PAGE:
THE AISLE SEAT - by Mike McGranaghan


The last time I saw a movie called Crash, it was about people with a sexual fetish for car accidents, and it was one of the worst things I’ve ever seen. Now there’s another movie with the same title, and this one draws an allegory between car accidents and race relations. It’s also a much, much, much better film. Director/co-writer Paul Haggis got an Oscar nomination for writing the screenplay to Clint Eastwood’s Million Dollar Baby and this project solidifies his status as one of the hottest, most talented people working in Hollywood right now.

Crash reminded me very much of Steven Soderbergh’s great Traffic in that both pictures feature about a dozen characters in multiple story lines that examine an important social issue from many perspectives. Brendan Fraser plays Rick, a proudly liberal Los Angeles district attorney who, along with his wife Jean (Sandra Bullock) is carjacked by two young black men (Larenz Tate and rapper Chris “Ludacris” Bridges). As a safety precaution, Jean demands the locks on the house be changed. When she sees that a tattooed young Latino man is doing the job, she assumes that he is a gang member who will make a copy of their key and “give it to all his homeys.” Rick, meanwhile, is worried about how news of the carjacking will affect his support in the black community.

Matt Dillon plays Officer Ryan, a racist LAPD cop who harasses an African-American couple, Cameron and Christine (Terrence Howard and Thandie Newton), whom he has just pulled over. Much to the chagrin of his partner (Ryan Phillippe), Ryan sexually fondles the woman during what is supposed to be a routine frisking. This causes unexpected problems for the couple: Cameron feels emasculated after his wife takes him to task for not standing up to the cop. Later on, Ryan and the woman have a fateful second encounter. Meanwhile, Don Cheadle plays a homicide detective investigating a white cop who may be responsible for murdering three black cops. Or is it something more than it seems?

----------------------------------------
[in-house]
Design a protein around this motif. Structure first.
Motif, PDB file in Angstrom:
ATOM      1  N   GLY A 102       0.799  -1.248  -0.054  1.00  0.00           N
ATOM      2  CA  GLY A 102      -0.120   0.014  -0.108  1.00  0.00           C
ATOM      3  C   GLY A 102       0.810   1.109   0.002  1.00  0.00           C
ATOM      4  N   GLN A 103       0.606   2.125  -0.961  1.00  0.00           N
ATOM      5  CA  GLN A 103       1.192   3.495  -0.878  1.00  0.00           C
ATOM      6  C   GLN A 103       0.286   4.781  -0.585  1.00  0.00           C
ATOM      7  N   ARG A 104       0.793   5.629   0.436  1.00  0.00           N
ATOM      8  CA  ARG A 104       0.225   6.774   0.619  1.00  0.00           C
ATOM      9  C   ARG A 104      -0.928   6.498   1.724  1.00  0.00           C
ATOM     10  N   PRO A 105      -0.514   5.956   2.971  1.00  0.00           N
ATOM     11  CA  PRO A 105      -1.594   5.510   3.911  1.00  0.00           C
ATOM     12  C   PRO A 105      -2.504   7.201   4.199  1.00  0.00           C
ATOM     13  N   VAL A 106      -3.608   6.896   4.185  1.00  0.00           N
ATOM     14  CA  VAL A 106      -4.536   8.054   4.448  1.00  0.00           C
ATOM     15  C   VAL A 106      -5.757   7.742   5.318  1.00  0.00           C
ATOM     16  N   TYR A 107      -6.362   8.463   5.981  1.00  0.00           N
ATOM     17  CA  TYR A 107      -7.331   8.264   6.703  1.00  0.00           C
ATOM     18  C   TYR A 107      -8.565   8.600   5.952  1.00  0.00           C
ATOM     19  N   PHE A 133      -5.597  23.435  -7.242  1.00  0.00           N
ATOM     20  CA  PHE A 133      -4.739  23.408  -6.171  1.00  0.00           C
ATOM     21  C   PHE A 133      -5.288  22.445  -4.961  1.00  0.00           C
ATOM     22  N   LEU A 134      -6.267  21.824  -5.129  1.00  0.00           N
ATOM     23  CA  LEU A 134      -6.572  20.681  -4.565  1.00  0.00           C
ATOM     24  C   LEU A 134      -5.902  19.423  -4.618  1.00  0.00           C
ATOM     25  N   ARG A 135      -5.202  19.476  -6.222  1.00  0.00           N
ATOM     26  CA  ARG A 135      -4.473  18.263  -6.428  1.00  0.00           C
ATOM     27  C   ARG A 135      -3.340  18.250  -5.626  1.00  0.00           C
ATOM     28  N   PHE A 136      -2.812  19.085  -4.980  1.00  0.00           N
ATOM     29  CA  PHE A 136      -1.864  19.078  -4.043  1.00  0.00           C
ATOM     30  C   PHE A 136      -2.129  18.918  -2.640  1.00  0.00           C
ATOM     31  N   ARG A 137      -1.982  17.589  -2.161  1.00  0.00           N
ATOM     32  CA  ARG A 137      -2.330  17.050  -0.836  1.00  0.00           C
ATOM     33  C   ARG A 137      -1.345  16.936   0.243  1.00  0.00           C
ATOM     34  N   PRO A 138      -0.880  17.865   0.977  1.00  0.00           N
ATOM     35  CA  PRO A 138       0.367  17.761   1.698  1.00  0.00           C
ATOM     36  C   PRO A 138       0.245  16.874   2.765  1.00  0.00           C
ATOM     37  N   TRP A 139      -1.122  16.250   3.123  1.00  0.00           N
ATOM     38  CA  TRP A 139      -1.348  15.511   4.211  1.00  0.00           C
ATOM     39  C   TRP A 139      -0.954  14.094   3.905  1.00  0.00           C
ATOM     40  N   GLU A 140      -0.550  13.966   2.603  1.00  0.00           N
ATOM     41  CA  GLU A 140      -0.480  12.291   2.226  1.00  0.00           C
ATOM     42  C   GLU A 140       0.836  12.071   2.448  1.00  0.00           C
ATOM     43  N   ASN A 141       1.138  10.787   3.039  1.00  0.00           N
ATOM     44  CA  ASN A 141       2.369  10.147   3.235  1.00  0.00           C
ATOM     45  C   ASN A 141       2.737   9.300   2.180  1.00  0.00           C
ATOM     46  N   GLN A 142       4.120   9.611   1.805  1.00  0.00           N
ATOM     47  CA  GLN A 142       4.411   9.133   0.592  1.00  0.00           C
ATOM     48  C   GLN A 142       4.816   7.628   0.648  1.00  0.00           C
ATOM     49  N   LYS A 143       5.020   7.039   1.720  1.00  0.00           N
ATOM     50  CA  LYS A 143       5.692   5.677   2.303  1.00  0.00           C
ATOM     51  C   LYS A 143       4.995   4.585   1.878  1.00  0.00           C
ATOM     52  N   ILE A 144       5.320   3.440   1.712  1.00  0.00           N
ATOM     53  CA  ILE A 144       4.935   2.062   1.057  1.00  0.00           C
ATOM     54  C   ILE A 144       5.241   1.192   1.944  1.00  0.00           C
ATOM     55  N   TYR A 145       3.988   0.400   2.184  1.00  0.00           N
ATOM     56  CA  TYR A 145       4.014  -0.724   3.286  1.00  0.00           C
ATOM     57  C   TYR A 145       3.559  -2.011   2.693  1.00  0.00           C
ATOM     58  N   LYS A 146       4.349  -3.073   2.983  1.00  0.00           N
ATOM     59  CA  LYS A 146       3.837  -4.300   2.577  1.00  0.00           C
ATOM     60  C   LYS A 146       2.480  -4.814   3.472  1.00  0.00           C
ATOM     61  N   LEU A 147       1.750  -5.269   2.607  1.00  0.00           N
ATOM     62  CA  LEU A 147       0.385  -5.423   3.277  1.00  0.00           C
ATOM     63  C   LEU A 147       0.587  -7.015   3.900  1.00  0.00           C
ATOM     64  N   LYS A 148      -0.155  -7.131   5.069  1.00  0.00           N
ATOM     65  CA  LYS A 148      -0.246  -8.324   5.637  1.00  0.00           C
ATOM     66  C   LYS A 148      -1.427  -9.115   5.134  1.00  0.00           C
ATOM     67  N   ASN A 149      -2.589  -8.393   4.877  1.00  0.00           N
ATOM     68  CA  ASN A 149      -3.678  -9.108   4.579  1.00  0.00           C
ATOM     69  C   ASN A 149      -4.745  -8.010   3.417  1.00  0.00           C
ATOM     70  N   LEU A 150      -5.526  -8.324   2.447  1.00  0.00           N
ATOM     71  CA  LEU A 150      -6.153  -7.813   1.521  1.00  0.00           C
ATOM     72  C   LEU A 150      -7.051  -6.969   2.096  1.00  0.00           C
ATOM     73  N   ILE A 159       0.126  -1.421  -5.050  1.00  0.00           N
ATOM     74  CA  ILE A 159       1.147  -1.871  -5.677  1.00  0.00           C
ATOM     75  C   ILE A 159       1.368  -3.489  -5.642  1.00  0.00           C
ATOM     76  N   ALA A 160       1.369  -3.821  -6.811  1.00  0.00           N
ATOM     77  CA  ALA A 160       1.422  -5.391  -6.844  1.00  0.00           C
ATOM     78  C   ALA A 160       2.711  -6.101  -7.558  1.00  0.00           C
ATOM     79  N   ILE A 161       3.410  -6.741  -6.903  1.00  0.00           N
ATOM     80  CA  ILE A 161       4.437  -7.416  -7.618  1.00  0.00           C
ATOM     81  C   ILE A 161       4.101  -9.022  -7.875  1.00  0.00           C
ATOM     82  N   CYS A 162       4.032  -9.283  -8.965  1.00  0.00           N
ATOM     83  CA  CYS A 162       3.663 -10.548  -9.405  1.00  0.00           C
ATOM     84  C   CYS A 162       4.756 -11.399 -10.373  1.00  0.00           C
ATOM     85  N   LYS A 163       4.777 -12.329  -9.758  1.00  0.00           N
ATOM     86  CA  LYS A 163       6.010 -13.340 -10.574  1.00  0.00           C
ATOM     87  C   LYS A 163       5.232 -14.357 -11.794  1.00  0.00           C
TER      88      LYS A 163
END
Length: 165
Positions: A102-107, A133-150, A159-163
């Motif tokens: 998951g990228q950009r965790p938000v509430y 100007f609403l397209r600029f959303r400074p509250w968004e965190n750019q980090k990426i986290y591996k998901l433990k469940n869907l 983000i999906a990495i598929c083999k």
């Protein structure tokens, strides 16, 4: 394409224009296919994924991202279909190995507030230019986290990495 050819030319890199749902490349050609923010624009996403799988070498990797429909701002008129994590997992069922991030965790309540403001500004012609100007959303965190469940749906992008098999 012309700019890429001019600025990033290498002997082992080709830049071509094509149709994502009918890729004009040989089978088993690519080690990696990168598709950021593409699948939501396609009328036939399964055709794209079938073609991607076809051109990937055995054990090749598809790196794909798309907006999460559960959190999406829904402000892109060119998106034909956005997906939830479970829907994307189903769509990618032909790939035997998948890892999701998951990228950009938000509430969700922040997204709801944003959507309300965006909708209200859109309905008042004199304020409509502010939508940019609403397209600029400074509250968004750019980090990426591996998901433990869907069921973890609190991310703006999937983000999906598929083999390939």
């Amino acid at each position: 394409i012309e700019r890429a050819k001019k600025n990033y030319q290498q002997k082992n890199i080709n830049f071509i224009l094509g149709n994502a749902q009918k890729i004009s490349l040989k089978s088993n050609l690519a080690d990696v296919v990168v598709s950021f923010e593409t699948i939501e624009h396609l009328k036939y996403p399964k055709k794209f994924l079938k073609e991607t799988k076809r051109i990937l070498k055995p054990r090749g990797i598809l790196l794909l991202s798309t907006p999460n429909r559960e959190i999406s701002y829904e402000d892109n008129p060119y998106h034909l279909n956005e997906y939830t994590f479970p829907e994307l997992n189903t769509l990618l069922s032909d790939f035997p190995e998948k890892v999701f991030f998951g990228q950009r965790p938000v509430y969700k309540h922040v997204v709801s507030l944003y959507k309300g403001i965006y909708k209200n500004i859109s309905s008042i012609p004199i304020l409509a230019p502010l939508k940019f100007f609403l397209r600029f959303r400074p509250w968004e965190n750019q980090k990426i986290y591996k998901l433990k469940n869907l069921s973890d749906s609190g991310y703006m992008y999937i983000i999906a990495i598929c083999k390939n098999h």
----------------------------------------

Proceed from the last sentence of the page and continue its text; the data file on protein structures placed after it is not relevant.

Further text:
The movie also finds room for that Latino locksmith, a Middle Eastern store owner, a Hispanic cop (Jennifer Esposito), and an Asian couple. Like those just mentioned, each of these characters has his or her own story line. All in all, there are about a dozen different stories being told here. Rather than being confusing, the different plot threads compliment each other in a meaningful fashion.

While I have described the characters and some of the basic story elements, I have also left a great deal out. Part of the power of Crash is that it connects the characters and story arcs in ways you don’t anticipate. The smartest thing Paul Haggis does is to confound our expectations. He sets up certain scenes so that we think we know how they will pay off; then he does the opposite of what we anticipate. One of the really cool things is that, because of the way the story is structured, you don’t fully realize its power until you have time to think about it later on. Sitting the theater, I knew I was watching a really good movie, but pondering it on the drive home allowed the impact of each character’s journey to sink in. The film stays with you in ways that few of them do.